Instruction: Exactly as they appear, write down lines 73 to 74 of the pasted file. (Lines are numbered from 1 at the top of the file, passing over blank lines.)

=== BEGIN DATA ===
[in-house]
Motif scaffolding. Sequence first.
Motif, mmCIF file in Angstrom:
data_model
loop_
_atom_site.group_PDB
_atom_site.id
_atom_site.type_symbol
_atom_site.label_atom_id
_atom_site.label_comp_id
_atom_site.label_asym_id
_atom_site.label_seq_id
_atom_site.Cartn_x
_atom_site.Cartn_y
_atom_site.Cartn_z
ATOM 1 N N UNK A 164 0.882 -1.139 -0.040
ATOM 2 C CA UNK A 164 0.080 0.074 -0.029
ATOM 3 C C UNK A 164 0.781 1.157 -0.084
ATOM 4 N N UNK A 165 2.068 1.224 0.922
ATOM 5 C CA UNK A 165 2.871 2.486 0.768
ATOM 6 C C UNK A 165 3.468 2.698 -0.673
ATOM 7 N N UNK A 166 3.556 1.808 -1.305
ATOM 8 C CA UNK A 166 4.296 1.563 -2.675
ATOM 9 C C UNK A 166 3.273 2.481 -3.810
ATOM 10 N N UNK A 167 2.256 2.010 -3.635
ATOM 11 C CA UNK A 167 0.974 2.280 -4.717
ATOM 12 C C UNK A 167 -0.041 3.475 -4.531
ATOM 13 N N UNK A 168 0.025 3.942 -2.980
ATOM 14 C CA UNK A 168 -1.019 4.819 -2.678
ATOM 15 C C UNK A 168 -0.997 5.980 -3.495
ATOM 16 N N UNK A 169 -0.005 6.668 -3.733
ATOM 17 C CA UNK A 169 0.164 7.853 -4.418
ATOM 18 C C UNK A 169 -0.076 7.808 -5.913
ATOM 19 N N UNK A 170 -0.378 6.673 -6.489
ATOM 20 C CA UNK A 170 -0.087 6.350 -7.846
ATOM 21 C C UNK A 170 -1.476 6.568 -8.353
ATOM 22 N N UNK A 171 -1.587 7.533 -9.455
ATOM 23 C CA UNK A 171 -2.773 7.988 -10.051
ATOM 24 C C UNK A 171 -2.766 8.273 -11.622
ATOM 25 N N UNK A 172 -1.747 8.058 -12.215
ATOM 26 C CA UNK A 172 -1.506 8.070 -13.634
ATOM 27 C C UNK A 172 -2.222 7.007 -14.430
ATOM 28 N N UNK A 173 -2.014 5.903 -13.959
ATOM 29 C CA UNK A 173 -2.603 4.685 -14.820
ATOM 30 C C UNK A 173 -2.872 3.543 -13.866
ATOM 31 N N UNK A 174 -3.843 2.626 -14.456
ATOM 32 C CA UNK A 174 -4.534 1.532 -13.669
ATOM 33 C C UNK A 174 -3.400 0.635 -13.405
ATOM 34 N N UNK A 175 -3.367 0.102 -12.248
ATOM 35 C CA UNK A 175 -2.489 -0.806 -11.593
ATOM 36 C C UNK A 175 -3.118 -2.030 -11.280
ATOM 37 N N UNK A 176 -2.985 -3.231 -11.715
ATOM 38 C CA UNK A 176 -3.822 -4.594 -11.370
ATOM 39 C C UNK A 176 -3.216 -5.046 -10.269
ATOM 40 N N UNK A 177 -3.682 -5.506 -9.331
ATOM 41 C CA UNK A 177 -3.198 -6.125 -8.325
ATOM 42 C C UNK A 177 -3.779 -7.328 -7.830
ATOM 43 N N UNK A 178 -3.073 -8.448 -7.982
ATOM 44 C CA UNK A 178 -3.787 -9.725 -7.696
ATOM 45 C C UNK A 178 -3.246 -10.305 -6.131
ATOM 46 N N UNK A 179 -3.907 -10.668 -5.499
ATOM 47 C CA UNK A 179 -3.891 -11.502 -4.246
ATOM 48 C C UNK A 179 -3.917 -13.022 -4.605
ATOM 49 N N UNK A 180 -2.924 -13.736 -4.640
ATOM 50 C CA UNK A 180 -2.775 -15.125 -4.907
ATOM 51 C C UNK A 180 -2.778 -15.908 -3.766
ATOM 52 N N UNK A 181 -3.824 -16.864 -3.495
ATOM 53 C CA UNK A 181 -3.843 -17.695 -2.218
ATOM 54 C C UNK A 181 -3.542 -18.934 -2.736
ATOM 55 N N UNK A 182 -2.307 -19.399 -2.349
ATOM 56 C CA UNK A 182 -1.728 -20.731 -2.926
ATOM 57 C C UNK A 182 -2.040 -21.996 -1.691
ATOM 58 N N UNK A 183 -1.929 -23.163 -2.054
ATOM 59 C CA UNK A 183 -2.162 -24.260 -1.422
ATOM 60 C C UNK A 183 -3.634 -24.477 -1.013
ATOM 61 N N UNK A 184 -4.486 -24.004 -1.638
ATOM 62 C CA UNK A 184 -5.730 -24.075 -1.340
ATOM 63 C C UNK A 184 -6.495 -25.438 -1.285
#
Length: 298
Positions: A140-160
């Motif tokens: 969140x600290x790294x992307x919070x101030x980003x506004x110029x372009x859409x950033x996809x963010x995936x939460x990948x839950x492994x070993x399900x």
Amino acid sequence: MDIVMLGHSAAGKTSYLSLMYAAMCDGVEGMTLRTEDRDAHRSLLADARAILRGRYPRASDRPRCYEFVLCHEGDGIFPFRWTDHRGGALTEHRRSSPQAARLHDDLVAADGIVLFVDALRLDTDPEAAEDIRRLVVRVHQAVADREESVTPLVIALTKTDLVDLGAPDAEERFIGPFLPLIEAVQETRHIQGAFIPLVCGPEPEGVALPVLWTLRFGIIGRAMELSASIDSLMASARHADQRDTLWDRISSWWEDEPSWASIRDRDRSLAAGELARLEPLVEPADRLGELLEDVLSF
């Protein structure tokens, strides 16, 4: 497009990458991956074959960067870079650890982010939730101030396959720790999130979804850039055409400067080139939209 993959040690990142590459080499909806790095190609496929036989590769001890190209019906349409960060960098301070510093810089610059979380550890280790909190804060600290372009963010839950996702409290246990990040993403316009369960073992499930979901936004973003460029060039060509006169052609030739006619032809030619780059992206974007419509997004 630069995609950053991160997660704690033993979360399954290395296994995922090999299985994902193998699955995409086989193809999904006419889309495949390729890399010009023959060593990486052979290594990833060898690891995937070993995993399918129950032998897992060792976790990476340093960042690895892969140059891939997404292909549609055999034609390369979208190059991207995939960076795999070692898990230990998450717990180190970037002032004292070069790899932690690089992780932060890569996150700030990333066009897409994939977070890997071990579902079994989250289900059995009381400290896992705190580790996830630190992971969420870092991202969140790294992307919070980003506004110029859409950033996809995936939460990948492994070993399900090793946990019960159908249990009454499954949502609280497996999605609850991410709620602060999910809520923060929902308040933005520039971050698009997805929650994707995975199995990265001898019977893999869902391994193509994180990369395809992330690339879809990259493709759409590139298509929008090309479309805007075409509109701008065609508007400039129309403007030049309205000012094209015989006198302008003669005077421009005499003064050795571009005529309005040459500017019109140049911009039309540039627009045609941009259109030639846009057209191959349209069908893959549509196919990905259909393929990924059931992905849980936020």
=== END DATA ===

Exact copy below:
ATOM 58 N N UNK A 183 -1.929 -23.163 -2.054
ATOM 59 C CA UNK A 183 -2.162 -24.260 -1.422